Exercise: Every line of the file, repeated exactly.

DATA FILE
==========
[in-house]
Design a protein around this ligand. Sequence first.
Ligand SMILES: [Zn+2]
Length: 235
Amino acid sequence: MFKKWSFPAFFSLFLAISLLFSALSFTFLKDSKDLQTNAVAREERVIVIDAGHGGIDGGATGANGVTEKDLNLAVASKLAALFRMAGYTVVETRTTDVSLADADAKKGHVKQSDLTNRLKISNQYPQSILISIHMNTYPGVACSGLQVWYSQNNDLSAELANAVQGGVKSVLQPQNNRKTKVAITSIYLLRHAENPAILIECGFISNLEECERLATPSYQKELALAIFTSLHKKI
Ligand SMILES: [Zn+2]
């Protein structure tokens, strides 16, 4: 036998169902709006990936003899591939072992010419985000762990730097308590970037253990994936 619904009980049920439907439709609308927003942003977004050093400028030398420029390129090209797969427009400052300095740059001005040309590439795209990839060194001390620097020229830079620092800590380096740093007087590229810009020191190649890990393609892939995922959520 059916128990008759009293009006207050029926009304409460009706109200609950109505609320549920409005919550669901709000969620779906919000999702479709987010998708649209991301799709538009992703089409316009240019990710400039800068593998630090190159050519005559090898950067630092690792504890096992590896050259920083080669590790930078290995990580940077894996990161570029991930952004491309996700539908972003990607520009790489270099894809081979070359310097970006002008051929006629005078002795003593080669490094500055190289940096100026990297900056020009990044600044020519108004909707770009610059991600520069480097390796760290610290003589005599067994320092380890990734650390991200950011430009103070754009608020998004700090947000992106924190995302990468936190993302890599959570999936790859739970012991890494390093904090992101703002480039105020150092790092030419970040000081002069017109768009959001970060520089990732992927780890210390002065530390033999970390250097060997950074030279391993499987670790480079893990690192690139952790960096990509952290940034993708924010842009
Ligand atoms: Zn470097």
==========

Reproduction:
[in-house]
Design a protein around this ligand. Sequence first.
Ligand SMILES: [Zn+2]
Length: 235
Amino acid sequence: MFKKWSFPAFFSLFLAISLLFSALSFTFLKDSKDLQTNAVAREERVIVIDAGHGGIDGGATGANGVTEKDLNLAVASKLAALFRMAGYTVVETRTTDVSLADADAKKGHVKQSDLTNRLKISNQYPQSILISIHMNTYPGVACSGLQVWYSQNNDLSAELANAVQGGVKSVLQPQNNRKTKVAITSIYLLRHAENPAILIECGFISNLEECERLATPSYQKELALAIFTSLHKKI
Ligand SMILES: [Zn+2]
């Protein structure tokens, strides 16, 4: 036998169902709006990936003899591939072992010419985000762990730097308590970037253990994936 619904009980049920439907439709609308927003942003977004050093400028030398420029390129090209797969427009400052300095740059001005040309590439795209990839060194001390620097020229830079620092800590380096740093007087590229810009020191190649890990393609892939995922959520 059916128990008759009293009006207050029926009304409460009706109200609950109505609320549920409005919550669901709000969620779906919000999702479709987010998708649209991301799709538009992703089409316009240019990710400039800068593998630090190159050519005559090898950067630092690792504890096992590896050259920083080669590790930078290995990580940077894996990161570029991930952004491309996700539908972003990607520009790489270099894809081979070359310097970006002008051929006629005078002795003593080669490094500055190289940096100026990297900056020009990044600044020519108004909707770009610059991600520069480097390796760290610290003589005599067994320092380890990734650390991200950011430009103070754009608020998004700090947000992106924190995302990468936190993302890599959570999936790859739970012991890494390093904090992101703002480039105020150092790092030419970040000081002069017109768009959001970060520089990732992927780890210390002065530390033999970390250097060997950074030279391993499987670790480079893990690192690139952790960096990509952290940034993708924010842009
Ligand atoms: Zn470097």